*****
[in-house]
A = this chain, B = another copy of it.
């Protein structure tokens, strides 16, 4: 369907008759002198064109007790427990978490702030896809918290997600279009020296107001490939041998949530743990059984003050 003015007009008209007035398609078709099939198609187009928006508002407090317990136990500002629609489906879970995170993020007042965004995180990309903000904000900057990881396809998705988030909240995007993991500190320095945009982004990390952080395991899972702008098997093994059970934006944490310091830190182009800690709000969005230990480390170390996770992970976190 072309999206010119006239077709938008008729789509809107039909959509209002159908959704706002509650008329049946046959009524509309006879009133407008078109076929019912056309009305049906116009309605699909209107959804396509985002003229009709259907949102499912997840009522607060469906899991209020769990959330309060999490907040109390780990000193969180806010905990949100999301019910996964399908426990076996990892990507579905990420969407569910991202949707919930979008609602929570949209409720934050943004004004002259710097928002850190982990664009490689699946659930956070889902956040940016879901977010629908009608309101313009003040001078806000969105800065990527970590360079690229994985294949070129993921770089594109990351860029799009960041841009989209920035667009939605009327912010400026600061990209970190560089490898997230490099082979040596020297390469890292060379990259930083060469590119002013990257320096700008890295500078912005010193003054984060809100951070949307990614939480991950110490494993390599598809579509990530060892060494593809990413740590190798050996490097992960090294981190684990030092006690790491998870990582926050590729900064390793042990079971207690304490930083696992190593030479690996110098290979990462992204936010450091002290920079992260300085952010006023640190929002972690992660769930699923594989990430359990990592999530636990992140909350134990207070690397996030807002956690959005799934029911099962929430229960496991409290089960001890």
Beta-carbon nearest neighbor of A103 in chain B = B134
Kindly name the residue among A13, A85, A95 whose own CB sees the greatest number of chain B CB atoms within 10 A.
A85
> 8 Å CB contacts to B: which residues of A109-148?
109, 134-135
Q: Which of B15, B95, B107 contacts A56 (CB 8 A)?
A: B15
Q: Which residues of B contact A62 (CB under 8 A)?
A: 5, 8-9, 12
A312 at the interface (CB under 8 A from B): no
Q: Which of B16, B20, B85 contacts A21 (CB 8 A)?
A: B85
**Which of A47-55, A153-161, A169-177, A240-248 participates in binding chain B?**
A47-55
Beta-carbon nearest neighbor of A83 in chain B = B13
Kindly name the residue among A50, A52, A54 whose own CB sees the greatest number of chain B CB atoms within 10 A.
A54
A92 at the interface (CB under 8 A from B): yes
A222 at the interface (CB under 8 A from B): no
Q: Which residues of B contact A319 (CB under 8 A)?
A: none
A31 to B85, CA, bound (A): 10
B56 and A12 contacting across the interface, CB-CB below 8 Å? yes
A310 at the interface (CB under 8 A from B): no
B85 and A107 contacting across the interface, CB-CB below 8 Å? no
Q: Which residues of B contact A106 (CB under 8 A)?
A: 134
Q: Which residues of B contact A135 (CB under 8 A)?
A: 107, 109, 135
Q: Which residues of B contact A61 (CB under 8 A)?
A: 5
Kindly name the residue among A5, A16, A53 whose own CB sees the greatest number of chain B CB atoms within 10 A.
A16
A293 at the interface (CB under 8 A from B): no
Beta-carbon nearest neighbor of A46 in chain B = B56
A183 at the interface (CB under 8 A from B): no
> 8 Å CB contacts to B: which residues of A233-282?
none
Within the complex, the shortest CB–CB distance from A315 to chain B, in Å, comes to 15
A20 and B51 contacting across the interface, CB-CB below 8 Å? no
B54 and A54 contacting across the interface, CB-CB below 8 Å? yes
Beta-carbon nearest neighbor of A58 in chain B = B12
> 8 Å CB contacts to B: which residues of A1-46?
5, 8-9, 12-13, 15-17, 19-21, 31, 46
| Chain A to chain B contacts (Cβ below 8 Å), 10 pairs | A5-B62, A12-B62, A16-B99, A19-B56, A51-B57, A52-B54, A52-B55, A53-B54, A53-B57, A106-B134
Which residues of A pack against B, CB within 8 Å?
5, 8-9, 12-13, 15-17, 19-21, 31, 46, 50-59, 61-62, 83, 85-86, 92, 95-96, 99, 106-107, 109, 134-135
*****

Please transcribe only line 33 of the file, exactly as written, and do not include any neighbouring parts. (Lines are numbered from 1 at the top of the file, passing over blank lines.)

Q: Which residues of B contact A61 (CB under 8 A)?